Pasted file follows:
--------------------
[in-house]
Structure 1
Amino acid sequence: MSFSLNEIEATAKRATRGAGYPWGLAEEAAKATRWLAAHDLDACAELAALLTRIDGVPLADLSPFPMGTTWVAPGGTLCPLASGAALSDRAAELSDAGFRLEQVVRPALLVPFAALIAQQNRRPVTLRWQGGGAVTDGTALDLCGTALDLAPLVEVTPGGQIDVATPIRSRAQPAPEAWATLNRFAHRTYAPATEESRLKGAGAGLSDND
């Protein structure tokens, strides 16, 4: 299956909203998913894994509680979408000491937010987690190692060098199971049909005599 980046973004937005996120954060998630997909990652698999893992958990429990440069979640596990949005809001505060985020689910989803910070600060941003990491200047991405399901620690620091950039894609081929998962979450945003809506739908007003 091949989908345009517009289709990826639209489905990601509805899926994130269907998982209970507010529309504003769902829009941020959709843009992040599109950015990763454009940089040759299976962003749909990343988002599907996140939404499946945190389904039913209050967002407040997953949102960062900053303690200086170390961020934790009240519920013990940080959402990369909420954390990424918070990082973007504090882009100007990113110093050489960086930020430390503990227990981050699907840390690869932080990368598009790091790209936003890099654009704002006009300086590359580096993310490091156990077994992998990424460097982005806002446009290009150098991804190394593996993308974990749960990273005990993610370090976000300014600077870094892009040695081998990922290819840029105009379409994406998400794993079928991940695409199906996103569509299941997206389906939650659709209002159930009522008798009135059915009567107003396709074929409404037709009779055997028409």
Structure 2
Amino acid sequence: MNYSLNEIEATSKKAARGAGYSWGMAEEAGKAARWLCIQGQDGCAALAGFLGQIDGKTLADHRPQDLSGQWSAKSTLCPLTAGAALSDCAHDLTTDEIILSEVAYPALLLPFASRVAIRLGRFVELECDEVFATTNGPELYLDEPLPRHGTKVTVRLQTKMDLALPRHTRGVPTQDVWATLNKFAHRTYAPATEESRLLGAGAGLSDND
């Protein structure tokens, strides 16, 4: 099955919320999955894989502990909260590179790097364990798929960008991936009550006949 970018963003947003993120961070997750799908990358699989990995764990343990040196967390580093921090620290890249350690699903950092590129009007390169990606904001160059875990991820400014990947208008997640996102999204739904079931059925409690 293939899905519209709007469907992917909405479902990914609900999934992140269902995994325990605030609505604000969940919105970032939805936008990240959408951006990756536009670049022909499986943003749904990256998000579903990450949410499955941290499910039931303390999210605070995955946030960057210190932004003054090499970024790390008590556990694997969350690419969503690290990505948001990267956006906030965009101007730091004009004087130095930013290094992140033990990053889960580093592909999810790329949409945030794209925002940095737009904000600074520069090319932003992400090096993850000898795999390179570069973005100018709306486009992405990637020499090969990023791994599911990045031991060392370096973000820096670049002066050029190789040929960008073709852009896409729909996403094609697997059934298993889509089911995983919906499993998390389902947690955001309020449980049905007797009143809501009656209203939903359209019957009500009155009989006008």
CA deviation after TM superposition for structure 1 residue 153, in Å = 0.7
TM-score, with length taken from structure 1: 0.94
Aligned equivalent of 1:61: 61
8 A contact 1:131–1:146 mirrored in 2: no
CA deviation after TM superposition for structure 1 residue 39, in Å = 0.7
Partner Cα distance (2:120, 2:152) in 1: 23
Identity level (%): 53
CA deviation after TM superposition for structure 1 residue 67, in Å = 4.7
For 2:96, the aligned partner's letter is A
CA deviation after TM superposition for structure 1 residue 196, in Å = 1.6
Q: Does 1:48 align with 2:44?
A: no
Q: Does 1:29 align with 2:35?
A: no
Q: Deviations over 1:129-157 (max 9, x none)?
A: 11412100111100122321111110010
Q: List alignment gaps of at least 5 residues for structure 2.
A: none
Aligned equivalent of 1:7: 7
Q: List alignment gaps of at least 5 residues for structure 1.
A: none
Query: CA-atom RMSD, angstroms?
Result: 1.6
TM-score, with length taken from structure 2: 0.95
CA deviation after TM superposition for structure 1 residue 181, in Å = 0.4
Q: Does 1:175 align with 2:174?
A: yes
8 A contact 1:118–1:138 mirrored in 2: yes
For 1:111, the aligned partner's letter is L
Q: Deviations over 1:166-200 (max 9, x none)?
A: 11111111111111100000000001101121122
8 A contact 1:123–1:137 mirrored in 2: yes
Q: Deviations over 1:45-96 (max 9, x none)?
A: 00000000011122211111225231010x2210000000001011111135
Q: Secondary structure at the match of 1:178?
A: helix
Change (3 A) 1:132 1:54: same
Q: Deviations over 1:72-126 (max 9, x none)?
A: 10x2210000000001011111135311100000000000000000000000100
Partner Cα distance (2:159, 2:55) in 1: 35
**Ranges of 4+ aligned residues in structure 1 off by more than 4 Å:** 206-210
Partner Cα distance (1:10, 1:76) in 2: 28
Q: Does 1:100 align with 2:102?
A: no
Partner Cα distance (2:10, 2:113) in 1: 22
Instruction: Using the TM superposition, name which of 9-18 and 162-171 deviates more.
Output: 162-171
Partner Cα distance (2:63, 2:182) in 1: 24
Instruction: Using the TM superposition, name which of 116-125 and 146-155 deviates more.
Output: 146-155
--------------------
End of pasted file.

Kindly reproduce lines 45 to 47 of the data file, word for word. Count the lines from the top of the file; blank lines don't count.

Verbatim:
Q: Deviations over 1:72-126 (max 9, x none)?
A: 10x2210000000001011111135311100000000000000000000000100
Partner Cα distance (2:159, 2:55) in 1: 35